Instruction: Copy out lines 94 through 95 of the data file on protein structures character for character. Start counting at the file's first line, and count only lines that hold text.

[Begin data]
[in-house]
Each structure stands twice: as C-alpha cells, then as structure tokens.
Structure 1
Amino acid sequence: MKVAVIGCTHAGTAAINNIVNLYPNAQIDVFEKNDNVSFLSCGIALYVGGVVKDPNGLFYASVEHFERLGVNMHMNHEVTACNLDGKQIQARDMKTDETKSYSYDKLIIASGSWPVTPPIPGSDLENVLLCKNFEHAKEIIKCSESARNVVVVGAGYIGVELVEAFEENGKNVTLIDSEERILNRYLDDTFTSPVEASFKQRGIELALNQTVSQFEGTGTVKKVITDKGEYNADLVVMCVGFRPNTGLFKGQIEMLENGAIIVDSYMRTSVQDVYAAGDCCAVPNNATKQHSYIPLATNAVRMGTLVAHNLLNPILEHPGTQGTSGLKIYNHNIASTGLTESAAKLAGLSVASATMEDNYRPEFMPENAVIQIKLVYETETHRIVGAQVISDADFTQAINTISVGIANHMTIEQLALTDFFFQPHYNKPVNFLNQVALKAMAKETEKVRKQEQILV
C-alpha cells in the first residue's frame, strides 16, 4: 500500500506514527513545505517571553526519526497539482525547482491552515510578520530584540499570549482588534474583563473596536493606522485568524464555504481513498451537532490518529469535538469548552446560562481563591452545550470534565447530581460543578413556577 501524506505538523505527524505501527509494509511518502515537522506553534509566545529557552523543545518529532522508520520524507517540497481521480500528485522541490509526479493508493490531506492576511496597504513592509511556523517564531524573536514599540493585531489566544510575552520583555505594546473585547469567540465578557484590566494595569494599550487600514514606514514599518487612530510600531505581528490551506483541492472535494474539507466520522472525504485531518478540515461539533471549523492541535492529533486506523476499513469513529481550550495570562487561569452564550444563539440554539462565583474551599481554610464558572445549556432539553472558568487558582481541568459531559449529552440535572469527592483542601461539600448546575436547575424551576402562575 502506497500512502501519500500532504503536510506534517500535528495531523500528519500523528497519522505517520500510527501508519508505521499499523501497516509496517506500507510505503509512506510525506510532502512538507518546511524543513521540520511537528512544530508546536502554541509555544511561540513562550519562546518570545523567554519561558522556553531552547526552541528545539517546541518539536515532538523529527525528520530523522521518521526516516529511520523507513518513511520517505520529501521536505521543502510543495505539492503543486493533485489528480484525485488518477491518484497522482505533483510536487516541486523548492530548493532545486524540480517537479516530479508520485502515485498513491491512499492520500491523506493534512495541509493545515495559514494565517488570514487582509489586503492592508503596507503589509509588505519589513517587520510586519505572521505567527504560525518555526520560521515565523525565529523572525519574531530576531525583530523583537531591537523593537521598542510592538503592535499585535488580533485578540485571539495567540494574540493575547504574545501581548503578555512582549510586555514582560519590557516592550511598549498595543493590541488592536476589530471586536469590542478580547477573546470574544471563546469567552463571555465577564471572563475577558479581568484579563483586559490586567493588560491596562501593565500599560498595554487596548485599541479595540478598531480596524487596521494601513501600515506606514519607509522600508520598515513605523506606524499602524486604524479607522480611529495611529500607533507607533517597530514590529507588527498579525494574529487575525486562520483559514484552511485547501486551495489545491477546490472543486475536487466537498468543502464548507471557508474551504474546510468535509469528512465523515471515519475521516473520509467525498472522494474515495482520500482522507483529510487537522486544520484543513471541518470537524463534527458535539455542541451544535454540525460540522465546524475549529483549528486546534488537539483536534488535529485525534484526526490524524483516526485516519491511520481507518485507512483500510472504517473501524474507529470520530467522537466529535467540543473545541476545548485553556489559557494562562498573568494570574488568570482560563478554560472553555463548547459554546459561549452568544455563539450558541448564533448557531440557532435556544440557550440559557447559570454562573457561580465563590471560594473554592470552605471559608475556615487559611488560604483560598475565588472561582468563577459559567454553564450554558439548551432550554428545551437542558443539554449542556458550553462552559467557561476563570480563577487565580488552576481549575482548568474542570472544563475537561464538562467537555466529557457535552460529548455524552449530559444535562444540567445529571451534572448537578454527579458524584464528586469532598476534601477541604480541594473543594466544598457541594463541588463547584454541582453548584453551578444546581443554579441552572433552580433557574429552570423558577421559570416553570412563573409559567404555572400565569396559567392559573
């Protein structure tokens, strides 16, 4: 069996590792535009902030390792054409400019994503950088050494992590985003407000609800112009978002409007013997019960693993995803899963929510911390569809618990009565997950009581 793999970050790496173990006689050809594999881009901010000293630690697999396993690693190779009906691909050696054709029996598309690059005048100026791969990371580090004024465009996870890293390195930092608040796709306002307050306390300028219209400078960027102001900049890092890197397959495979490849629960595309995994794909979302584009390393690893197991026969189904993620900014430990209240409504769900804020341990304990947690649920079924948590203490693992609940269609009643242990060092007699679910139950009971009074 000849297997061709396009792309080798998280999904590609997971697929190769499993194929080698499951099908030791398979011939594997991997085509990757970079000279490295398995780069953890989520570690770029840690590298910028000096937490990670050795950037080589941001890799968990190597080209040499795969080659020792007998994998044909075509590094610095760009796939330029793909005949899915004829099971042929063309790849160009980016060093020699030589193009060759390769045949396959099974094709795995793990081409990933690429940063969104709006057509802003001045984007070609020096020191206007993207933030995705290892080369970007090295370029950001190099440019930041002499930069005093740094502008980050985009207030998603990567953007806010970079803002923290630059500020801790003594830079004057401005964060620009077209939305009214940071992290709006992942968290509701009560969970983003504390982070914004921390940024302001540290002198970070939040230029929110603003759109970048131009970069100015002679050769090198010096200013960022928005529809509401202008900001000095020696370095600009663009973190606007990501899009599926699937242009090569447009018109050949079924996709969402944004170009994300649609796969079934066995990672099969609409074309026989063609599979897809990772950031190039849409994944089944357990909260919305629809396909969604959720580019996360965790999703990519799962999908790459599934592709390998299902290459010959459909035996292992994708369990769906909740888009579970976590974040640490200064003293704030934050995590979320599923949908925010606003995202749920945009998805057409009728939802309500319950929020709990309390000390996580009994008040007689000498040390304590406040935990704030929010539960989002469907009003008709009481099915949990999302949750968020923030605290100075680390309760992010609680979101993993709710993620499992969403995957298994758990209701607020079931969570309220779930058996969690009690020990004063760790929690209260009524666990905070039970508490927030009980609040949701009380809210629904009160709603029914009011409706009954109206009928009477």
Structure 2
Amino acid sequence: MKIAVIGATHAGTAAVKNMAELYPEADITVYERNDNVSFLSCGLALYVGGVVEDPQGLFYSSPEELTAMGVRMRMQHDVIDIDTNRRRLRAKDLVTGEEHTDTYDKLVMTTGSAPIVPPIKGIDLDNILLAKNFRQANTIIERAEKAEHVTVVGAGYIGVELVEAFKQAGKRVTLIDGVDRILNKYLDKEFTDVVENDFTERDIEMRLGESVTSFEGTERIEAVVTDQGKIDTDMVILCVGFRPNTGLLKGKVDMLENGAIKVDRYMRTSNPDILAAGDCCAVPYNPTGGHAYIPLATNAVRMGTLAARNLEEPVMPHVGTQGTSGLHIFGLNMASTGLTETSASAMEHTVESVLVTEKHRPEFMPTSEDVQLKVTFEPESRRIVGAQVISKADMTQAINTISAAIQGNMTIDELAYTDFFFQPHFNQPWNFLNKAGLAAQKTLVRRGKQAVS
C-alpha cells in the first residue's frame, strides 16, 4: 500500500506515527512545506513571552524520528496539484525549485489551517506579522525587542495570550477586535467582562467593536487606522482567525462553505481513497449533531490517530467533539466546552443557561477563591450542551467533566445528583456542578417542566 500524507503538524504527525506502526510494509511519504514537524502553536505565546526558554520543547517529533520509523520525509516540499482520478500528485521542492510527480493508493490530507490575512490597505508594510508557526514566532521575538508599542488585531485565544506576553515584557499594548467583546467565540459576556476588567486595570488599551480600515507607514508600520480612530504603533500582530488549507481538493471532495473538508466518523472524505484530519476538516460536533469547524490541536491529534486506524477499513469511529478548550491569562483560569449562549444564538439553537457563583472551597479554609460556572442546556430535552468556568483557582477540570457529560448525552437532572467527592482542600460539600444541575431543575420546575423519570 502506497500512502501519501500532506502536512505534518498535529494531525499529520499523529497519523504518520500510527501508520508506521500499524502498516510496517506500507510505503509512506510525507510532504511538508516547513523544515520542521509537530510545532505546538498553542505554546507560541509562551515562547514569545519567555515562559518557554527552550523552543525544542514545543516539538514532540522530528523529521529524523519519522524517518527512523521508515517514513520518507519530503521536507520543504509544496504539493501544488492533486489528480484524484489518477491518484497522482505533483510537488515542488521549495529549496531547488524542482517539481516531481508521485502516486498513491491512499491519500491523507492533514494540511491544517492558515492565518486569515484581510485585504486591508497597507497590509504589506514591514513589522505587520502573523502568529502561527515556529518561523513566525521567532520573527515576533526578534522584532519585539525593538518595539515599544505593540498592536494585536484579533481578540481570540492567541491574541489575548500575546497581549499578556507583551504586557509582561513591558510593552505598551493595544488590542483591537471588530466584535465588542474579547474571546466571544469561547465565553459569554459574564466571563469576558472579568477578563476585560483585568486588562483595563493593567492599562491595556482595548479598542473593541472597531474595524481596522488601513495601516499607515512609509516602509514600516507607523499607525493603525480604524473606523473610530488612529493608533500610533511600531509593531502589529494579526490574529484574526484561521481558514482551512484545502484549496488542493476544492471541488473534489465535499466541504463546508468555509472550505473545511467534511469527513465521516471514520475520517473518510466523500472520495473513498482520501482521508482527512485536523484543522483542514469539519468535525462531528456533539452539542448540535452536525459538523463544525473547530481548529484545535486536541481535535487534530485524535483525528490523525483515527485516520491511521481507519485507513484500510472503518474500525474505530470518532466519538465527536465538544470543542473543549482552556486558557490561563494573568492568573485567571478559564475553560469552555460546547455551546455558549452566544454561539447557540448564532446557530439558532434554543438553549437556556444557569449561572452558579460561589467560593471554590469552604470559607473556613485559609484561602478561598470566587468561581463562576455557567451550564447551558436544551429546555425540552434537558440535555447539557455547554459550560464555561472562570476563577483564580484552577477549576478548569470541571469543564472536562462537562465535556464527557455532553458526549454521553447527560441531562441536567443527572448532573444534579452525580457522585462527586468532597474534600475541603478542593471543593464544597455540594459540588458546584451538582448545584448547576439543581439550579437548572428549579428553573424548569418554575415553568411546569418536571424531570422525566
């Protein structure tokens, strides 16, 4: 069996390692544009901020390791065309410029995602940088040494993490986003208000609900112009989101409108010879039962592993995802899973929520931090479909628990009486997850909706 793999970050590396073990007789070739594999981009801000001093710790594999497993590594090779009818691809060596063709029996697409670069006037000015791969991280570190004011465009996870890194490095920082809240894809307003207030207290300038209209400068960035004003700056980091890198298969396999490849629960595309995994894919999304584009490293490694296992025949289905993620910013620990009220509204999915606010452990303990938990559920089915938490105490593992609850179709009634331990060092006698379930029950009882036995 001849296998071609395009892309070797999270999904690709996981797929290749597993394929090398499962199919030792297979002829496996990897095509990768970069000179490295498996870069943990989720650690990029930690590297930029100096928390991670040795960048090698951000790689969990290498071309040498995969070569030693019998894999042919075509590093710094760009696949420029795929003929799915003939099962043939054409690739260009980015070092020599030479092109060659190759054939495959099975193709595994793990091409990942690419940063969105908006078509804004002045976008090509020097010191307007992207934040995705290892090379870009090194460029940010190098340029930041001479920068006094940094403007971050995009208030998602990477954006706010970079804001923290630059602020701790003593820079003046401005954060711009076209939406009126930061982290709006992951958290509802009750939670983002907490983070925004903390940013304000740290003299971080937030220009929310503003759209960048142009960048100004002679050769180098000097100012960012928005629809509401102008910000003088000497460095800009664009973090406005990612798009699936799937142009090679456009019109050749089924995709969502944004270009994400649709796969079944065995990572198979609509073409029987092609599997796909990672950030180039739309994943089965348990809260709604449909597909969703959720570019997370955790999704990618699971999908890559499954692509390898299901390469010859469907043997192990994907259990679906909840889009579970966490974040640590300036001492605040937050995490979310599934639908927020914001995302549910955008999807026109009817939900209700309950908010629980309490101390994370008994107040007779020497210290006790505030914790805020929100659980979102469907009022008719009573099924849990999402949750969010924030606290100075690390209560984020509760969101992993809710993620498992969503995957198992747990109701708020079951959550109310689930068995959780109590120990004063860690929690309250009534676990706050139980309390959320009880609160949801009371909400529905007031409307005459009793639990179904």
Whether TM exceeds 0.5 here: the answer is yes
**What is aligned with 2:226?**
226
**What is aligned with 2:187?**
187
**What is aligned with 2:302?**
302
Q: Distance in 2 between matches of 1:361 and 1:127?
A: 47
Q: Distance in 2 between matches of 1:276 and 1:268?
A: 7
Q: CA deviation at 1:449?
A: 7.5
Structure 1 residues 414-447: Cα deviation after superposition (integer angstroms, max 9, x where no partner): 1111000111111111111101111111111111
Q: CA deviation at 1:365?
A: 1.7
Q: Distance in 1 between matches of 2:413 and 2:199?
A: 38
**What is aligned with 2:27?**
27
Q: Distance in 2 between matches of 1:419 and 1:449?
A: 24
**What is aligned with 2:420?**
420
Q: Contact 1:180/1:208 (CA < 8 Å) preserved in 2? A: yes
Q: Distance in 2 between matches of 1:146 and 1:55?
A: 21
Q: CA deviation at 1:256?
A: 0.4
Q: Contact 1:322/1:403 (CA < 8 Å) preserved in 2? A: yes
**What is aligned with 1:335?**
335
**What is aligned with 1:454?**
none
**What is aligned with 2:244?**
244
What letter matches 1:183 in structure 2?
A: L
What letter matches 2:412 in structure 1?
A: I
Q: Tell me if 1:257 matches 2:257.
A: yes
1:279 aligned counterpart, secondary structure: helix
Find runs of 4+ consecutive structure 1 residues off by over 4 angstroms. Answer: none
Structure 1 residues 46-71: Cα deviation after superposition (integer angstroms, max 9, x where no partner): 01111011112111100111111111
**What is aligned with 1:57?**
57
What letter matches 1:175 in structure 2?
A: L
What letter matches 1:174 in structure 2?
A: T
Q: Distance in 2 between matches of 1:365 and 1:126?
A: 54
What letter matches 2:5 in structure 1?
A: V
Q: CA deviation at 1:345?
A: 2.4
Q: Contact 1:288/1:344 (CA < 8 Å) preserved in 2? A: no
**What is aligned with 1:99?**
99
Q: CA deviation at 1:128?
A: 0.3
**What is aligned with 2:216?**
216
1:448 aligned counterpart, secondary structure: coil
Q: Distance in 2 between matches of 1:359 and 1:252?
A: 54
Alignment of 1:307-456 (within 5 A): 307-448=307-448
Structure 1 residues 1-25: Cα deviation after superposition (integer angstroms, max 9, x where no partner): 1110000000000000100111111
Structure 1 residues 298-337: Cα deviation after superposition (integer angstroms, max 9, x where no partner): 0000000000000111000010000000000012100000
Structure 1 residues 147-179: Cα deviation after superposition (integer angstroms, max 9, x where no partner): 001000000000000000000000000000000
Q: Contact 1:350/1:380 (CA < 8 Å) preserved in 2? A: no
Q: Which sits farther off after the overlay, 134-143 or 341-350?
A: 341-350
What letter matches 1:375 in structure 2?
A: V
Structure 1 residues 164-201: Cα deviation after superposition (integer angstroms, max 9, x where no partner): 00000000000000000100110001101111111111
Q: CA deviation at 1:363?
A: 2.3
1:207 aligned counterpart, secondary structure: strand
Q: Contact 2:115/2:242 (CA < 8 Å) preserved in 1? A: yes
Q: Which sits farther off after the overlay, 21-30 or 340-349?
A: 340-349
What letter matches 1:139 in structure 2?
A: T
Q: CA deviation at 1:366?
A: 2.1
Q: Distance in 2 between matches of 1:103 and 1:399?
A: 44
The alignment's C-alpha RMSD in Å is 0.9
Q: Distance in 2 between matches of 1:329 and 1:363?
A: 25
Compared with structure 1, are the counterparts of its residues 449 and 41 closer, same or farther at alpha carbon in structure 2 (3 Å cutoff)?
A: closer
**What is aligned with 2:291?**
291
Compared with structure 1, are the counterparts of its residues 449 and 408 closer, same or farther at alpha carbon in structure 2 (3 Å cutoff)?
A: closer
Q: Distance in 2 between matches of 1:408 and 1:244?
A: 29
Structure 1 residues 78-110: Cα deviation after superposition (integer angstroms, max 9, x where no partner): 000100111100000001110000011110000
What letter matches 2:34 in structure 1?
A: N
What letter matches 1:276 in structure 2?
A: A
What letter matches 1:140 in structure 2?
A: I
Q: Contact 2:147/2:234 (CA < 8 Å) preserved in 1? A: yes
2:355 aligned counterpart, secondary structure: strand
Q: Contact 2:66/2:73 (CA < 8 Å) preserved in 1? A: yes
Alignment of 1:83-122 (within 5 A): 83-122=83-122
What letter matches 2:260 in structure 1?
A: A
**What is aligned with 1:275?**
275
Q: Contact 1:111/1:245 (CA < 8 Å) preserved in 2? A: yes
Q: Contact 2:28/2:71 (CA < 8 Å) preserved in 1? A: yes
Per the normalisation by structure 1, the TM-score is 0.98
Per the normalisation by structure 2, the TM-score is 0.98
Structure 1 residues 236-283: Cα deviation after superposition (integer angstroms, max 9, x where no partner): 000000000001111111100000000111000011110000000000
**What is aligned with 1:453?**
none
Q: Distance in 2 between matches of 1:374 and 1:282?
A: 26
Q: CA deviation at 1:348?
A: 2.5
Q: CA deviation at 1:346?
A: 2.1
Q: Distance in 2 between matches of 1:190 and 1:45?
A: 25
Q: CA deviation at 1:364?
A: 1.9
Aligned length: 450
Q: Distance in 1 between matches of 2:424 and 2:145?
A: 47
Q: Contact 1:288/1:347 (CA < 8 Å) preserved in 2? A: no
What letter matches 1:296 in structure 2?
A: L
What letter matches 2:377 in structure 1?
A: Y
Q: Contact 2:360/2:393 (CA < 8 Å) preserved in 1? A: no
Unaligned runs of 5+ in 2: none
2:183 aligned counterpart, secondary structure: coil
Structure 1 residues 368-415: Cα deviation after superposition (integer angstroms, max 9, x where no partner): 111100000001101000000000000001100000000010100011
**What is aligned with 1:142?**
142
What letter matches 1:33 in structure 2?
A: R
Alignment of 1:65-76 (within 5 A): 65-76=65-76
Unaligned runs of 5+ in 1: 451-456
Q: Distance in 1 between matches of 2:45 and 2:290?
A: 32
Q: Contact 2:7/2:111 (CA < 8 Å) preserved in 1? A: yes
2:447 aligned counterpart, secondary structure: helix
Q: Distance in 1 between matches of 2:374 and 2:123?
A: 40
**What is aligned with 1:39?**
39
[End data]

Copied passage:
What letter matches 1:139 in structure 2?
A: T